WWII pilots honored with Congressional Gold Medal
WASHINGTON – A group of World War II veterans were honored with one of the nation’s biggest awards.
Members of the Civil Air Patrol were awarded the Congressional Gold Medal for their service during World War II.
The organization was founded on Dec. 1, 1941, just six days before Pearl Harbor.
During WWII, the Civil Air Patrol’s founding members protected the nation against deadly German U-boat attacks.
Members of CAP’s coastal patrols flew 24 million miles in a year and a half over the Atlantic and Gulf coasts to ward off U-boat attacks against U.S. ships, especially domestic oil tankers bound for Europe.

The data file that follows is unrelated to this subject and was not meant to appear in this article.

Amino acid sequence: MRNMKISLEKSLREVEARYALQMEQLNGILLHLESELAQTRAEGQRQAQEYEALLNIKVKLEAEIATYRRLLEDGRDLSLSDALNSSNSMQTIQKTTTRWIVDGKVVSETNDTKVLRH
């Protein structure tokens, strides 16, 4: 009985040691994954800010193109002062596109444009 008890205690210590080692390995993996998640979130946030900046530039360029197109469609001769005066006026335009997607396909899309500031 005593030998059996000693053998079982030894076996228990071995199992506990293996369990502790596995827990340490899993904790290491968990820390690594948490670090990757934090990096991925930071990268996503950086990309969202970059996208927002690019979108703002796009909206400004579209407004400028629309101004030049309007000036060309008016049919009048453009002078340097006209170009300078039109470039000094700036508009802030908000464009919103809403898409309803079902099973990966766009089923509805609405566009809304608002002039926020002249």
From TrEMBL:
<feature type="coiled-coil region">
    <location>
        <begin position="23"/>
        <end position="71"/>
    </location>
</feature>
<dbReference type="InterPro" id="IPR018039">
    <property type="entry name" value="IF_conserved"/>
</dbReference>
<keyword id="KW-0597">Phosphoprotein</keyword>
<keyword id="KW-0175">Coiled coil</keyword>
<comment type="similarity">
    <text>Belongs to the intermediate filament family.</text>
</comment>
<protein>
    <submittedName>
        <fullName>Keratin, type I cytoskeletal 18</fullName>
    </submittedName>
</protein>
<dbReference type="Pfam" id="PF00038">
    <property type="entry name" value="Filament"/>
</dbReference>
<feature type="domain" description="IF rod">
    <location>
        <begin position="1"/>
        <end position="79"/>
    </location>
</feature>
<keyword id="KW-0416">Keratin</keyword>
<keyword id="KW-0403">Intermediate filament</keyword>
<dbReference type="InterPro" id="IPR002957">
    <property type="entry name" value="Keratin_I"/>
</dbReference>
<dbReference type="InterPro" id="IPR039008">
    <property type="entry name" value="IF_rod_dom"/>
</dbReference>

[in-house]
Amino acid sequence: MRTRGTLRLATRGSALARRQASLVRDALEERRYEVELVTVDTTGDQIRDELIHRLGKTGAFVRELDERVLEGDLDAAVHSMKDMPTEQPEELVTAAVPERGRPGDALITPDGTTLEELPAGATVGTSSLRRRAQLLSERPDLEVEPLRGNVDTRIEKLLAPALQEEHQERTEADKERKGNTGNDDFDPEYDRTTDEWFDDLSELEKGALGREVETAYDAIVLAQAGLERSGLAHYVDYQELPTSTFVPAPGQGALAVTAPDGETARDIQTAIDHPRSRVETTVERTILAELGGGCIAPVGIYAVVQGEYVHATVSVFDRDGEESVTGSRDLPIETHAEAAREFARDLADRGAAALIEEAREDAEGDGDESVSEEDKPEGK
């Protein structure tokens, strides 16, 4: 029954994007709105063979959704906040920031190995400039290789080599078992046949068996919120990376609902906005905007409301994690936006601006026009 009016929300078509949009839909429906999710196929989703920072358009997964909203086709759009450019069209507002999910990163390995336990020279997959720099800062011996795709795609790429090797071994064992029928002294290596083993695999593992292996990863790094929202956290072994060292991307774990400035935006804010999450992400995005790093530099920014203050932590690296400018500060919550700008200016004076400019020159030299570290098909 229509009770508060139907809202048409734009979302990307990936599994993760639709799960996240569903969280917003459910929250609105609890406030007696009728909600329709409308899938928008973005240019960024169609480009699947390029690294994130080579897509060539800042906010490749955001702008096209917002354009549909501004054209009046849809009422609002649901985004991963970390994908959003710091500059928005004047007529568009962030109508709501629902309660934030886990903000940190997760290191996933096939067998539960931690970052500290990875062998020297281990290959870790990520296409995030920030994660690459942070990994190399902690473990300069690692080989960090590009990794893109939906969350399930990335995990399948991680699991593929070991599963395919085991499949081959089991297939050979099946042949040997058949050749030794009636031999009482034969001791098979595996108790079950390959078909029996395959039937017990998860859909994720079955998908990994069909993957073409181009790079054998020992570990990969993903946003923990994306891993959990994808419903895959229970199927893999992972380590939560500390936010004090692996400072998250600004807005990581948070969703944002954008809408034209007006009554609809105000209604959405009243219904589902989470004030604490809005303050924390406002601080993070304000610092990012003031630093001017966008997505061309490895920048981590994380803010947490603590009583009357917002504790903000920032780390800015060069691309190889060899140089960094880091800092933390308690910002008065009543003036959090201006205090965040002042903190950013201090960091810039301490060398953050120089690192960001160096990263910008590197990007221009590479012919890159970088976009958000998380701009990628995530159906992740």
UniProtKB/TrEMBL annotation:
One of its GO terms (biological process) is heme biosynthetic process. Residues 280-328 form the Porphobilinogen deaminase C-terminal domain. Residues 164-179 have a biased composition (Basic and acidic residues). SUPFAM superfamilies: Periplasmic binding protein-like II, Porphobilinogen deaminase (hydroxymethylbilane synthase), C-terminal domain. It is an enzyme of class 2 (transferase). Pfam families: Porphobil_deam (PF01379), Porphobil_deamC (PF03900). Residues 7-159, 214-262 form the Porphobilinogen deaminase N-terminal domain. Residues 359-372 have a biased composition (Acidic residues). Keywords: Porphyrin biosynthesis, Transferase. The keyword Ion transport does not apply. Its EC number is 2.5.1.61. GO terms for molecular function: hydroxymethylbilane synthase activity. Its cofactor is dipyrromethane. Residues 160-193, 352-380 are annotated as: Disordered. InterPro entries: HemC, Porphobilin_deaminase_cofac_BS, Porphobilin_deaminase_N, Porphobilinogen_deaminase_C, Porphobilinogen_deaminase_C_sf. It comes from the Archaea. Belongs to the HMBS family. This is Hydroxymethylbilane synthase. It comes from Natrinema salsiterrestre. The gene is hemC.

During that time, crews spotted 173 U-boats and attacked 57. They also escorted more than 5,600 convoys and reported 17 floating mines, 36 bodies, 91 ships in distress and 363 survivors in the water.
By the end of the war, 65 CAP members lost their lives in the line of duty.
On Wednesday, the group was honored with the award.
In all, 40 living veterans and the families of the deceased attended the ceremony.
There is one surviving patrolman who lives in Oklahoma.